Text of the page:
Despite green light by AMLO, coronavirus vaccines not yet for sale

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Carlos Rosado van der Gracht
Carlos Rosado van der Gracht
Born in Mérida, Carlos Rosado van der Gracht is a Mexican/Canadian blogger, photographer and adventure expedition leader. He holds degrees in multimedia, philosophy and translation from universities in Mexico, Canada and Norway. Sign up for the Yucatán Roundup, a free newsletter, which delivers the week's top headlines every Monday.
Mexico expects 24 million doses of the Russian Sputnik V vaccine by mid-February. Photo: File

President Andrés Manuel López Obrador has authorized the purchase of COVID-19 vaccines by the private sector.

But no entity other than the federal government has been able to procure the coveted vaccines.

The main obstacle is availability, as countries and companies around the world scramble over an extremely limited supply.

Mexico has warned consumers against online scammers offering doses of the vaccine. Pharmaceutical giants Pfizer and Moderna have also warned against fake websites that use their names and logos to defraud customers.

According to a press statement from Mexico’s health authority, the first shipment of the Russian Sputnik V vaccine is expected to arrive in Mexico by Feb. 15. The shipment of 24 million doses was reportedly procured by López Obrador during a phone call with President Vladimir Putin of Russia.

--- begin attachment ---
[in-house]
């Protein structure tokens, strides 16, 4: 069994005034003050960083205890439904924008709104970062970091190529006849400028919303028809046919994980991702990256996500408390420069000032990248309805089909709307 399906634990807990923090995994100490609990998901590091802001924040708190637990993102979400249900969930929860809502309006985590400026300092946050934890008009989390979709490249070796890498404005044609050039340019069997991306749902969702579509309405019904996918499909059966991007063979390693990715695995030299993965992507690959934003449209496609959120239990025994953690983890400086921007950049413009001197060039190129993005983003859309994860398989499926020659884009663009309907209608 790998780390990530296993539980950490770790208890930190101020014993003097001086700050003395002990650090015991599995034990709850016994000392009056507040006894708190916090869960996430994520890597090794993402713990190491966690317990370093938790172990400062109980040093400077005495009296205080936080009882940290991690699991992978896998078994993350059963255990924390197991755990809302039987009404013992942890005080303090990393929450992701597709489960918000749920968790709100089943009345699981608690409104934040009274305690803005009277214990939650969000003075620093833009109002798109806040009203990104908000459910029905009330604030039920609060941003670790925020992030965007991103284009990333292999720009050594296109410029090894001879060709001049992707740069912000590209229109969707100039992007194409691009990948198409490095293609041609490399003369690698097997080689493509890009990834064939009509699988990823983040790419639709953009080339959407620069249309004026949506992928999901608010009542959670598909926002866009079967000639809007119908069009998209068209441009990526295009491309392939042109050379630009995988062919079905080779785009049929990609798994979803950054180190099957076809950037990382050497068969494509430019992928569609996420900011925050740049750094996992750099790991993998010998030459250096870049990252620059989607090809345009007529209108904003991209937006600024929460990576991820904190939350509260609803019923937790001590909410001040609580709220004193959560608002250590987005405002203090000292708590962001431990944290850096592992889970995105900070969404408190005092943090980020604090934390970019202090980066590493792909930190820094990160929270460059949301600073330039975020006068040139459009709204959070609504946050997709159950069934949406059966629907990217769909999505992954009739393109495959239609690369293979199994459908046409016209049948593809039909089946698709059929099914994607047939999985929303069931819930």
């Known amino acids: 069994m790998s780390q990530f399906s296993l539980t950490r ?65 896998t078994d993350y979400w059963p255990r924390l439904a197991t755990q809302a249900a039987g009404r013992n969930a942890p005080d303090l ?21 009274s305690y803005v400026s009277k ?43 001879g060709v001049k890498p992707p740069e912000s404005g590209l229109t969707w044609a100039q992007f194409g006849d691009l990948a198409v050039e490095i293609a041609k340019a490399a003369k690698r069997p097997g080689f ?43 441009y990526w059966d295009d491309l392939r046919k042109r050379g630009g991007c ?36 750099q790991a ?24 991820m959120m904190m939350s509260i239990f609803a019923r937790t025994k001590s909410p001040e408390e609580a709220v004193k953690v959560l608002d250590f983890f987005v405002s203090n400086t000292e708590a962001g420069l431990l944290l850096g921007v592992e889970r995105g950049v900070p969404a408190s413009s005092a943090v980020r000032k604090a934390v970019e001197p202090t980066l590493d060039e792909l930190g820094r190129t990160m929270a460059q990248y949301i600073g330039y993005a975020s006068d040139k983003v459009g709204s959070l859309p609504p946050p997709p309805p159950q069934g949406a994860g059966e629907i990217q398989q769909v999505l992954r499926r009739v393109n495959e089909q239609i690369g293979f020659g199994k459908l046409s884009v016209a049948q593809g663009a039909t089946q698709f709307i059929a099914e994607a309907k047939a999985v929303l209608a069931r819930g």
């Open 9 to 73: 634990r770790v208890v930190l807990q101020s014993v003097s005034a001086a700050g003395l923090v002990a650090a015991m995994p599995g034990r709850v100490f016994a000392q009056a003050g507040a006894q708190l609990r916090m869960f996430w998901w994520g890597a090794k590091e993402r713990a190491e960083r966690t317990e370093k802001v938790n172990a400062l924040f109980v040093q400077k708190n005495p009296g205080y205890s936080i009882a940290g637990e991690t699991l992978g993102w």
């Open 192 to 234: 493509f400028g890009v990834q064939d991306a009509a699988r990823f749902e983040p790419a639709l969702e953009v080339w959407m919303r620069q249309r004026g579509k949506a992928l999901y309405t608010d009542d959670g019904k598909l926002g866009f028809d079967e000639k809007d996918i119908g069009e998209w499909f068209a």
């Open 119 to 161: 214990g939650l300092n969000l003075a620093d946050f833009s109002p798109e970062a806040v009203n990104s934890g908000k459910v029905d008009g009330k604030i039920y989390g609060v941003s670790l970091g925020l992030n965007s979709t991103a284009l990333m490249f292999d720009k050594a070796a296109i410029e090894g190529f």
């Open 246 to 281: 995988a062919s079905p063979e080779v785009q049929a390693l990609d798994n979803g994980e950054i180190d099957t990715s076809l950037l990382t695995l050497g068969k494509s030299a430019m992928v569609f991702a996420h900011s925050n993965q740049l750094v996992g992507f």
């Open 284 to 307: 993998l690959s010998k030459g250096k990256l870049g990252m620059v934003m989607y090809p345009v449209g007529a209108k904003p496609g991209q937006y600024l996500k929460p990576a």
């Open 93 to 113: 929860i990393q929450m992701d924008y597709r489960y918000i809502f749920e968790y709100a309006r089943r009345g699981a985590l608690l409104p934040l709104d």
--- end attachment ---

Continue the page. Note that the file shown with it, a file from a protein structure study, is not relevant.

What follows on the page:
“As more doses become available, Mexico will continue to expand its vaccination efforts. We have no problem at all with having private companies and state governments purchasing their own doses, as long as these moves contribute to the nation’s best interest,” said Hugo López-Gatell, federal undersecretary of prevention and health.

López-Gatell also highlighted the importance of accurately coordinating and tracking all vaccinations administered through the private sector, thus ensuring that individuals do not “double-up” on inoculations.

No strategy yet exists to inform consumers about private companies legitimately selling vaccines. Sen. José Ramón Enríquez Herrera has called on Mexico’s pro-consumer agency, Profeco, to help build tools to help consumers make informed decisions.


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